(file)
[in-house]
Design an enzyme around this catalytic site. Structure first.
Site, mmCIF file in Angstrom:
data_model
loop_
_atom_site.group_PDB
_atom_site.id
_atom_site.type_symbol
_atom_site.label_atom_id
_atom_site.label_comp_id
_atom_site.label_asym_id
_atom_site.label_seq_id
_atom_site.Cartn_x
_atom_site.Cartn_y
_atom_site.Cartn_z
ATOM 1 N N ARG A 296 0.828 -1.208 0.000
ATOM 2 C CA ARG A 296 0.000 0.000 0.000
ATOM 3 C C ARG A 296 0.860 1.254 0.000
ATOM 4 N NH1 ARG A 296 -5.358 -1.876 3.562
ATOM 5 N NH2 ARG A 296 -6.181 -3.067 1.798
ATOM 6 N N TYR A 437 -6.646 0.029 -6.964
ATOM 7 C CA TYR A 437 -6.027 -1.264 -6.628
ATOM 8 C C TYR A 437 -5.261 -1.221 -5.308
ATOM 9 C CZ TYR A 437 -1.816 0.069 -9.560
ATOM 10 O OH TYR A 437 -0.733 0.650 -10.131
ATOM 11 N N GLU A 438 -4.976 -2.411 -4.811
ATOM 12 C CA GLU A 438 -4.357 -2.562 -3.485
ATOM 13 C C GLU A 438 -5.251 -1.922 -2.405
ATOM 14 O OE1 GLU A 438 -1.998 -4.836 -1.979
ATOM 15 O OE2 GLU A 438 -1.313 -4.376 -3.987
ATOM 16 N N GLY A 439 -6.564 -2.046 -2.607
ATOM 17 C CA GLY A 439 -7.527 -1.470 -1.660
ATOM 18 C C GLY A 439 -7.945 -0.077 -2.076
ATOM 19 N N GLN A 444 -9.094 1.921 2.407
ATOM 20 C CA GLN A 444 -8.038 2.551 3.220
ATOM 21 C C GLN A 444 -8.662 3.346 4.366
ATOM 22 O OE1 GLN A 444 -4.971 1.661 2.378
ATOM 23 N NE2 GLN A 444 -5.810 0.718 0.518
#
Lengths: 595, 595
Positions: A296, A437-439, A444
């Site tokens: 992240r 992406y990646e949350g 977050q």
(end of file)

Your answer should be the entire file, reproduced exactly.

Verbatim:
[in-house]
Design an enzyme around this catalytic site. Structure first.
Site, mmCIF file in Angstrom:
data_model
loop_
_atom_site.group_PDB
_atom_site.id
_atom_site.type_symbol
_atom_site.label_atom_id
_atom_site.label_comp_id
_atom_site.label_asym_id
_atom_site.label_seq_id
_atom_site.Cartn_x
_atom_site.Cartn_y
_atom_site.Cartn_z
ATOM 1 N N ARG A 296 0.828 -1.208 0.000
ATOM 2 C CA ARG A 296 0.000 0.000 0.000
ATOM 3 C C ARG A 296 0.860 1.254 0.000
ATOM 4 N NH1 ARG A 296 -5.358 -1.876 3.562
ATOM 5 N NH2 ARG A 296 -6.181 -3.067 1.798
ATOM 6 N N TYR A 437 -6.646 0.029 -6.964
ATOM 7 C CA TYR A 437 -6.027 -1.264 -6.628
ATOM 8 C C TYR A 437 -5.261 -1.221 -5.308
ATOM 9 C CZ TYR A 437 -1.816 0.069 -9.560
ATOM 10 O OH TYR A 437 -0.733 0.650 -10.131
ATOM 11 N N GLU A 438 -4.976 -2.411 -4.811
ATOM 12 C CA GLU A 438 -4.357 -2.562 -3.485
ATOM 13 C C GLU A 438 -5.251 -1.922 -2.405
ATOM 14 O OE1 GLU A 438 -1.998 -4.836 -1.979
ATOM 15 O OE2 GLU A 438 -1.313 -4.376 -3.987
ATOM 16 N N GLY A 439 -6.564 -2.046 -2.607
ATOM 17 C CA GLY A 439 -7.527 -1.470 -1.660
ATOM 18 C C GLY A 439 -7.945 -0.077 -2.076
ATOM 19 N N GLN A 444 -9.094 1.921 2.407
ATOM 20 C CA GLN A 444 -8.038 2.551 3.220
ATOM 21 C C GLN A 444 -8.662 3.346 4.366
ATOM 22 O OE1 GLN A 444 -4.971 1.661 2.378
ATOM 23 N NE2 GLN A 444 -5.810 0.718 0.518
#
Lengths: 595, 595
Positions: A296, A437-439, A444
């Site tokens: 992240r 992406y990646e949350g 977050q």